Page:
There is an ever-increasing need for relatively large amounts of digital storage in portable devices. One approach in satisfying this need, that has been taken by the prior art, is through the use of a miniaturized hard disk drive. Unfortunately, however, it is submitted that many features used in some current miniaturized hard disk drives simply represent smaller versions of larger form factor counterparts, with somewhat limited substantive technological advancement.
One example, commonly seen in miniaturized hard disk drives, resides in the use of an S loop for purposes of electrically interfacing the actuator arm or head stack assembly of the drive. FIG. 1 a is a diagrammatic, plan view illustrating a prior art hard disk drive, generally indicated by the reference number 10. Drive 10 includes a disk 12 that is supported for controlled rotation thereof, and an actuator assembly 14 having a Voice Coil Motor (VCM) end 16 and a transducer end 18. These components are supported within a housing 20. A flexible interconnection arrangement includes a flex cable connection or S loop 22 which bridges between a fixed mounting point within housing 20 and actuator assembly 14. It is noted that drive 10 is a “load-unload” type drive having a ramp outward of disk 12 for receiving actuator 14 in an unloaded position. Hence, actuator 14 is shown at an inside diameter (ID) and, in phantom, using dashed lines, at its unloaded position which is indicated by the reference number 14′. In this regard, S loop 22 changes shape and position responsive to pivotal movement of actuator assembly 14 and is shown using solid lines as it appears with actuator 14 at its ID position and is shown using dashed lines as it appears with actuator 14′ at its unloaded position, indicated by the reference number 22′. Movement of S loop 22 between the ID and unloaded positions causes the flex cable to sweep across a swept area 26 that is indicated by hatching. It should be appreciated that swept area 26 represents a relatively large and elongated footprint in drive 10. Moreover, in a small form factor “thin” drive, no other components can generally be positioned above or below the swept area, since the drive is simply too thin to accommodate anything in swept area 26 other than the flex cable extension itself.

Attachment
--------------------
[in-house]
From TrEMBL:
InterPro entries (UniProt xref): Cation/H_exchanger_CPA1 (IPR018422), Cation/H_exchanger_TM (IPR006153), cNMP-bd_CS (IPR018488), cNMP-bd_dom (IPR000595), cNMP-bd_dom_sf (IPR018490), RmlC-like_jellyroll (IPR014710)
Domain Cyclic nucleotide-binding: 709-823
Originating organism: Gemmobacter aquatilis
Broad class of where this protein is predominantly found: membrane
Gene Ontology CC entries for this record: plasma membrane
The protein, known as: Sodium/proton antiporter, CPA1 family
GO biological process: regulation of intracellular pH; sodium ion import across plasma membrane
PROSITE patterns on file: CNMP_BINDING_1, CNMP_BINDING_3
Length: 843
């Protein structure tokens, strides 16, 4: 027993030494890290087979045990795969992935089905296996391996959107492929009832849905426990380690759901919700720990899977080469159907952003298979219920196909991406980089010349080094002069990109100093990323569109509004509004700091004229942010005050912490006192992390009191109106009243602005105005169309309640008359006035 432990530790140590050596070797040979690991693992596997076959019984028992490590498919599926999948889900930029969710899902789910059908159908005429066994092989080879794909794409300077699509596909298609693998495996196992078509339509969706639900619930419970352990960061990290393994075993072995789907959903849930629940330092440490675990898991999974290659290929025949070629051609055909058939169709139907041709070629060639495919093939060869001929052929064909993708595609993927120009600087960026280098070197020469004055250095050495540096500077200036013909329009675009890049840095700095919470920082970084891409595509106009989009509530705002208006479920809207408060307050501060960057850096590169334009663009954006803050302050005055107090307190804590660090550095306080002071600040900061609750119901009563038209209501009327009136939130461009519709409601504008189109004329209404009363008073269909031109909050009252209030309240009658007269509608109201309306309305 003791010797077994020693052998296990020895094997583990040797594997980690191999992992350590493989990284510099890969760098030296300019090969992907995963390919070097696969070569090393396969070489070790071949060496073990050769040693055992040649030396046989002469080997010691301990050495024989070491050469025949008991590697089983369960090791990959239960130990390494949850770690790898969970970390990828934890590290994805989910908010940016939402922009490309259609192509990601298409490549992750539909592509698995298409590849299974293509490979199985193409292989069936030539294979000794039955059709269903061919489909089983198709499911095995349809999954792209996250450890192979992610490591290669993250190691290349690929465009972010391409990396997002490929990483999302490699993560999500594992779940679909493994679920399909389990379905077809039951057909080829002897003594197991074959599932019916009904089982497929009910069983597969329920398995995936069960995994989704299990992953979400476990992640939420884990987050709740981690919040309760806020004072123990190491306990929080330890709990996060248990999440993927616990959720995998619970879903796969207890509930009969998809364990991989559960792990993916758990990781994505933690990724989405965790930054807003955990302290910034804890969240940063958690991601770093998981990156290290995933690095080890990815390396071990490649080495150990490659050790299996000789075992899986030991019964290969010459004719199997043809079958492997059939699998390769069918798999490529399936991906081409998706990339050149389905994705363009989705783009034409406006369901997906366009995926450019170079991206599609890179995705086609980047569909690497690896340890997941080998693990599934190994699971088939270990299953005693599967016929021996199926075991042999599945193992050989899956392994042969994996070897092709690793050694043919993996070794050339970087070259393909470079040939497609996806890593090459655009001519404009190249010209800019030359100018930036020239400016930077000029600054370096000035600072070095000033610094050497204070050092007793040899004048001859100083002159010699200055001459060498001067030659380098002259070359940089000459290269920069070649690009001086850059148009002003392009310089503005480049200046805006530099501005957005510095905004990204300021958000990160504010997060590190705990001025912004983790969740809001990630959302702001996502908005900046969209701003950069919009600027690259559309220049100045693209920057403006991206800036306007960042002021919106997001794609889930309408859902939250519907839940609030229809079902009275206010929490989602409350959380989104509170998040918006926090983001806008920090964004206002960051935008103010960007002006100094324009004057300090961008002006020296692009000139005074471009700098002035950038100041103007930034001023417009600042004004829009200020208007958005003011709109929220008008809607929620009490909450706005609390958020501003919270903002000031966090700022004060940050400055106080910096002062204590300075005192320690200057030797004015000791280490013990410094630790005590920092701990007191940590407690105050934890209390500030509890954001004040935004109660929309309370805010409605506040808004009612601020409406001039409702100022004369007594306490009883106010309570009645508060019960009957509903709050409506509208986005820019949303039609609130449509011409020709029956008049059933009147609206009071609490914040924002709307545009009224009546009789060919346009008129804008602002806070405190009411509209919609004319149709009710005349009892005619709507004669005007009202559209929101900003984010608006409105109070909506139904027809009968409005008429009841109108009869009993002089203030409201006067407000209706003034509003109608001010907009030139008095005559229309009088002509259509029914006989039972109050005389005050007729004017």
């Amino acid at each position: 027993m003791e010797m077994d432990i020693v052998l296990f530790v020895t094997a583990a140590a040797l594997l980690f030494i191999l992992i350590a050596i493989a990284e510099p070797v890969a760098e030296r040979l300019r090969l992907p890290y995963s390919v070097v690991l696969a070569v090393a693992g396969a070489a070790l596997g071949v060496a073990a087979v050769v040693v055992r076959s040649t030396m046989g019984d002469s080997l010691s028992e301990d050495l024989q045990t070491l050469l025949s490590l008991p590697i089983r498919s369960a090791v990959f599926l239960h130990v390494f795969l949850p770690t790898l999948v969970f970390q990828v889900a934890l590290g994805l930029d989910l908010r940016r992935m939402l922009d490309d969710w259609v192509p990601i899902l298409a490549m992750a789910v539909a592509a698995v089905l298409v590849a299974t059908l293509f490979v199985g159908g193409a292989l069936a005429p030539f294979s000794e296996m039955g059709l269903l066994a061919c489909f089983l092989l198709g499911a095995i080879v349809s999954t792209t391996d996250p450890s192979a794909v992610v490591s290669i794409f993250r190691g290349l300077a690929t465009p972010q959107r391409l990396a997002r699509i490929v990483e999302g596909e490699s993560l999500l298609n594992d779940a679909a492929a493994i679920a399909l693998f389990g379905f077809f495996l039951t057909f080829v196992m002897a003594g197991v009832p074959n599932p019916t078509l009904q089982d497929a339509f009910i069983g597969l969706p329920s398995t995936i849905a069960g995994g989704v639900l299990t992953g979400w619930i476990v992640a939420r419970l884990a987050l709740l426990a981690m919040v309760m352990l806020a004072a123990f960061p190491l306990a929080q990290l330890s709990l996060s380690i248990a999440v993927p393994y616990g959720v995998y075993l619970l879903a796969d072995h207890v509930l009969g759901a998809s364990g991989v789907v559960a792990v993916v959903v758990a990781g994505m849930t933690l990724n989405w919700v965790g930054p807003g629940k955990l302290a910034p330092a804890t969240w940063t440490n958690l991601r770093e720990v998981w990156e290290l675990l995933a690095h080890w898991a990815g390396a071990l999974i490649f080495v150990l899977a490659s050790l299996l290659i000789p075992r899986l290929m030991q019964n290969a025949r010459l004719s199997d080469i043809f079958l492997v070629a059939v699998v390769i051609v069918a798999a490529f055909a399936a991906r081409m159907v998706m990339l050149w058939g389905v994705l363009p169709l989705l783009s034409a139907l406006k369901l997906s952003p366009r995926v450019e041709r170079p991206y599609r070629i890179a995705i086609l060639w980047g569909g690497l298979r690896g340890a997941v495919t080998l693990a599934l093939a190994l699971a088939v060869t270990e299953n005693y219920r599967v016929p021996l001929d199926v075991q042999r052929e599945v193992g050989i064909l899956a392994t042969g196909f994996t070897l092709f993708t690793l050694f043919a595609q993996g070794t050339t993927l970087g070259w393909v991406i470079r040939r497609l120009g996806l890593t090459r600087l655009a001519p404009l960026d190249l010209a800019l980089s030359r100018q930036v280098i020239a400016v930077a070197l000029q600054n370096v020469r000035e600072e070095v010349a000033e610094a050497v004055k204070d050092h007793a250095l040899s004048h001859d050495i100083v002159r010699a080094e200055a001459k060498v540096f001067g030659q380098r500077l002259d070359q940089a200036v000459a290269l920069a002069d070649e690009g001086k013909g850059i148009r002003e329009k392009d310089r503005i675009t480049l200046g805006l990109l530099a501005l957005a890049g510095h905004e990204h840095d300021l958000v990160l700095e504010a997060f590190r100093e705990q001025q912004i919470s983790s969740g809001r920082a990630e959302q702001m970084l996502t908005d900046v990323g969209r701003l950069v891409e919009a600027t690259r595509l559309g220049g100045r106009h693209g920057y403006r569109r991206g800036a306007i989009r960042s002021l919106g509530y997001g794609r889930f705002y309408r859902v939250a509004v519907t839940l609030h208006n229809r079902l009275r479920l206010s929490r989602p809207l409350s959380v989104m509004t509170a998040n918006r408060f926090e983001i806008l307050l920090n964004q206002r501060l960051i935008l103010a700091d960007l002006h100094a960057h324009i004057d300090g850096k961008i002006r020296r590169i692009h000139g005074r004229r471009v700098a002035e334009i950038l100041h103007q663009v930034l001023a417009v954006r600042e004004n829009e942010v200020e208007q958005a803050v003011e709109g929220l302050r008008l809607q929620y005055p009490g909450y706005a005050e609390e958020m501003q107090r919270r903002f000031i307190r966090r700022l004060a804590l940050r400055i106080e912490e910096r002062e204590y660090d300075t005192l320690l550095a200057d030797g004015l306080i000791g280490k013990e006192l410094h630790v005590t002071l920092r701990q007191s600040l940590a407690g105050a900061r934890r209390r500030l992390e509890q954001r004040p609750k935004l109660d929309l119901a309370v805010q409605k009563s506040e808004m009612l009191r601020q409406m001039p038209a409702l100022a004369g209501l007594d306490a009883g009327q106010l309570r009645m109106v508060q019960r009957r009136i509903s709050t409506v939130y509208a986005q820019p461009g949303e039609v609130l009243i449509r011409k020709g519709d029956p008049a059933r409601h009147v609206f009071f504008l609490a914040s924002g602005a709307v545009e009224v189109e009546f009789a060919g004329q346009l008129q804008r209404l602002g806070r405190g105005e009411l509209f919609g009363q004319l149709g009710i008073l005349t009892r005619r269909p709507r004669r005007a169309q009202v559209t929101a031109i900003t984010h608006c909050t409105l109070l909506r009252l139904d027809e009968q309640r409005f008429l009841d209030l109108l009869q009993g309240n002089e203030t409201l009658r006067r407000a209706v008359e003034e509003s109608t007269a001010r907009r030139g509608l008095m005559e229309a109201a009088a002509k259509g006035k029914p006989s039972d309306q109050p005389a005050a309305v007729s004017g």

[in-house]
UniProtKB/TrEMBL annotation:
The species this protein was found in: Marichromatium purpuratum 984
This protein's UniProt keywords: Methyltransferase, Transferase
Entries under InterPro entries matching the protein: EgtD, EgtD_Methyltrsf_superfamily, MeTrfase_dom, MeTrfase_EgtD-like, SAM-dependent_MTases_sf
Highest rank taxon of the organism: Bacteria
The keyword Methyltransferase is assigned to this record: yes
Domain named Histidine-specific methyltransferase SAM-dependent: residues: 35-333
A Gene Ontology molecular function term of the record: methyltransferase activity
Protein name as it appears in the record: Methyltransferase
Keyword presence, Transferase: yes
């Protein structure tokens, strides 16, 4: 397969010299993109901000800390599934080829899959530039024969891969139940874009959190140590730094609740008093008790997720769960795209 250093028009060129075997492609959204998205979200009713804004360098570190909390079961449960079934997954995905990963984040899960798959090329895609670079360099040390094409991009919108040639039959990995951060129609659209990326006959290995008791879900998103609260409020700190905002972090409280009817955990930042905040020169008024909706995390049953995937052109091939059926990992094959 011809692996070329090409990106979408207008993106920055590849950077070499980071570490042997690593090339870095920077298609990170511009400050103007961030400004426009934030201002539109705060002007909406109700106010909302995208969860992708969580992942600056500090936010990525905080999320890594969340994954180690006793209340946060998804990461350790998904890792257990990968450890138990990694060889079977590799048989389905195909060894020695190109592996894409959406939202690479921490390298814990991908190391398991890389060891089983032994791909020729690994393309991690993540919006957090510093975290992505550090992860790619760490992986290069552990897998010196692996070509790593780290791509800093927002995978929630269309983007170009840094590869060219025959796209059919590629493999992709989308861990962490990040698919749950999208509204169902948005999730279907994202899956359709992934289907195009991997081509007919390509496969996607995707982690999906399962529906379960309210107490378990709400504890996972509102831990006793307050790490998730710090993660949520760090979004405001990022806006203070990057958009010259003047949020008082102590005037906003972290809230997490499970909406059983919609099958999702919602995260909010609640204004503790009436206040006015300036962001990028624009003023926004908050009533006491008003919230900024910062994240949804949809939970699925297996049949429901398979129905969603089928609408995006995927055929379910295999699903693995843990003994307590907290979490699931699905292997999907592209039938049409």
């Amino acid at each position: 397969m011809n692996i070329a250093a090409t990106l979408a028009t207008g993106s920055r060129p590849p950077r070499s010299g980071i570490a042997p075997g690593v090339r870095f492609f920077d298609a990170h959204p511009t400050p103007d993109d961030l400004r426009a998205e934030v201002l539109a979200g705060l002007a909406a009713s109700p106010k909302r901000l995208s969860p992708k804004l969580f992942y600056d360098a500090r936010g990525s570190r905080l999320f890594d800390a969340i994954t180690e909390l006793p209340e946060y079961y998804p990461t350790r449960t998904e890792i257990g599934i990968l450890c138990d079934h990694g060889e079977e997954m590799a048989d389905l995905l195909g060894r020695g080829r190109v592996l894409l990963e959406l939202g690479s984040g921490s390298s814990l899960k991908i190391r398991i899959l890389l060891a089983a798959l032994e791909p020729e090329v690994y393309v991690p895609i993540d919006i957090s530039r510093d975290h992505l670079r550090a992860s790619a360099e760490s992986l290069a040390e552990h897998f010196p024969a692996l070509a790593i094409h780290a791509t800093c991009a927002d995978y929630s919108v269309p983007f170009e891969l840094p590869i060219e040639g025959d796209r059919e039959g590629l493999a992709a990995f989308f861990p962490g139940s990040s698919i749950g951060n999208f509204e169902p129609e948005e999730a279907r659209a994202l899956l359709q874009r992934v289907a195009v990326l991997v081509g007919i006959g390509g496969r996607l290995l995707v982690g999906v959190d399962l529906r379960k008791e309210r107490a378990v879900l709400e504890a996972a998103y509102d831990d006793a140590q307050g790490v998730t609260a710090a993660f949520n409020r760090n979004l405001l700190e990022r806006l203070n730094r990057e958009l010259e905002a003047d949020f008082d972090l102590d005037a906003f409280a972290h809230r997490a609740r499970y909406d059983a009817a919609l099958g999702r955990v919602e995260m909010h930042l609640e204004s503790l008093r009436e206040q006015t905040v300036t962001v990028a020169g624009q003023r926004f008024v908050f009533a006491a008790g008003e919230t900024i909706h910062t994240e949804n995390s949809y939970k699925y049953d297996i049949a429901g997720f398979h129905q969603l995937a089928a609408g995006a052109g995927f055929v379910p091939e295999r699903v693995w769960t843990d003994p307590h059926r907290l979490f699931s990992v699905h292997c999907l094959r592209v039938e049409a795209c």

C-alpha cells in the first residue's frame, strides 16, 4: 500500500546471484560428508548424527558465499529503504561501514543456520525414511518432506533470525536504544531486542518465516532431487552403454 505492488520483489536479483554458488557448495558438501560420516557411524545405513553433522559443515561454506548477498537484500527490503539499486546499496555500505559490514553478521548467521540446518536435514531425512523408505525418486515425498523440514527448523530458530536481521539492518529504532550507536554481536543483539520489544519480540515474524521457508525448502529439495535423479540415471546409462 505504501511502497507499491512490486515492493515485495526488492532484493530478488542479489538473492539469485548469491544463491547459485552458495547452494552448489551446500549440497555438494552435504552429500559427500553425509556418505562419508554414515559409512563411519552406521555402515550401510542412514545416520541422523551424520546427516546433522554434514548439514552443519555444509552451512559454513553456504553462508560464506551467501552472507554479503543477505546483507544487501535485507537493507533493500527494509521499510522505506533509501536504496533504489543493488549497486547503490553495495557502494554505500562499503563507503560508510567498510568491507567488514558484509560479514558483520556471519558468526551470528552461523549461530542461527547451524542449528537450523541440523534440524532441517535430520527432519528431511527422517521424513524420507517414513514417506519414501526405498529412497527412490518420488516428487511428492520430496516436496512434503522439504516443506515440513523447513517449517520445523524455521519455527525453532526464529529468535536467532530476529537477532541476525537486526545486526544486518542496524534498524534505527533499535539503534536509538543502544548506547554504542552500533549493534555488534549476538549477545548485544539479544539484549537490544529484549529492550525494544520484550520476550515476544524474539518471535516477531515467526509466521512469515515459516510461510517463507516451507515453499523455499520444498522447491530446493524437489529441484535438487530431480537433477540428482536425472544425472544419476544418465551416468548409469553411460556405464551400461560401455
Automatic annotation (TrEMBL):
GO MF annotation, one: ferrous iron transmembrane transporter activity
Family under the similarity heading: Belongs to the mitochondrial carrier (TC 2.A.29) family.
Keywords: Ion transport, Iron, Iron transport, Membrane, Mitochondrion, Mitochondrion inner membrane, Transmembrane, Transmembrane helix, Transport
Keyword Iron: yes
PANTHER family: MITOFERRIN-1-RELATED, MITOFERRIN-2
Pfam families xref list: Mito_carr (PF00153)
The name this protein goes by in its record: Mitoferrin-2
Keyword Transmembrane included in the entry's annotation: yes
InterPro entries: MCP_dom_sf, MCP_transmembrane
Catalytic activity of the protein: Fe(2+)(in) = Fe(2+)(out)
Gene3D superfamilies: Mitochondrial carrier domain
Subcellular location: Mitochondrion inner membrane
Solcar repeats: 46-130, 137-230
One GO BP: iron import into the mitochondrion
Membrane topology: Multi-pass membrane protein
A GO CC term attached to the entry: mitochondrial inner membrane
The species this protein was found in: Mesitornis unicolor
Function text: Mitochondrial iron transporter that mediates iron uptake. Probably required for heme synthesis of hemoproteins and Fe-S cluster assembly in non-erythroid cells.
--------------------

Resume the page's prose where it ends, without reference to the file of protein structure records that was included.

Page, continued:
FIG. 1 b is a diagrammatic, plan view illustrating another prior art hard disk drive, generally indicated by the reference number 40. Drive 40 includes like components with respect to drive 10 of FIG. 1 a. Hence, like reference numbers have been applied and descriptions of like components will not be repeated for purposes of brevity. It should be appreciated, however, that swept area 26 again represents a significant footprint in drive 40. As is also the case with respect to drive 10, it is considered that the dimensional requirements of an S loop swept area are an impediment with respect to miniaturization.
A general concern with respect to a prior art S loop resides in the possibility that the loop can “toggle”. That is, the curvature along the loop essentially reverses. In this event, interference concerns are likely. Efforts to reduce the overall size and swept area increase the concern with respect to toggling.
There are earlier approaches in the prior art which do not appear to require the use of an S loop. One example is seen in FIG. 1 of U.S. Pat. No. 4,853,800 (hereinafter, the '800 patent) which uses a linear actuator. Since there was little concern, at the time, with respect to form factor, it is believed that a very large swept area is required by the linear actuator configuration of the '800 patent. Another approach was taken in U.S. Pat. No. 5,375,021 (hereinafter, the '021 patent) wherein there again appears to be no particular concern with reduction of form factor. In the '021 patent, a free portion of the flex cable moves and is suspended between fixedly attached ends, one of which rotates with the actuator. Unfortunately, it is submitted that a large, elongated swept area is required when using this configuration.
The foregoing examples of the related art and limitations related therewith are intended to be illustrative and not exclusive. Other limitations of the related art will become apparent to those of skill in the art upon a reading of the specification and a study of the drawings.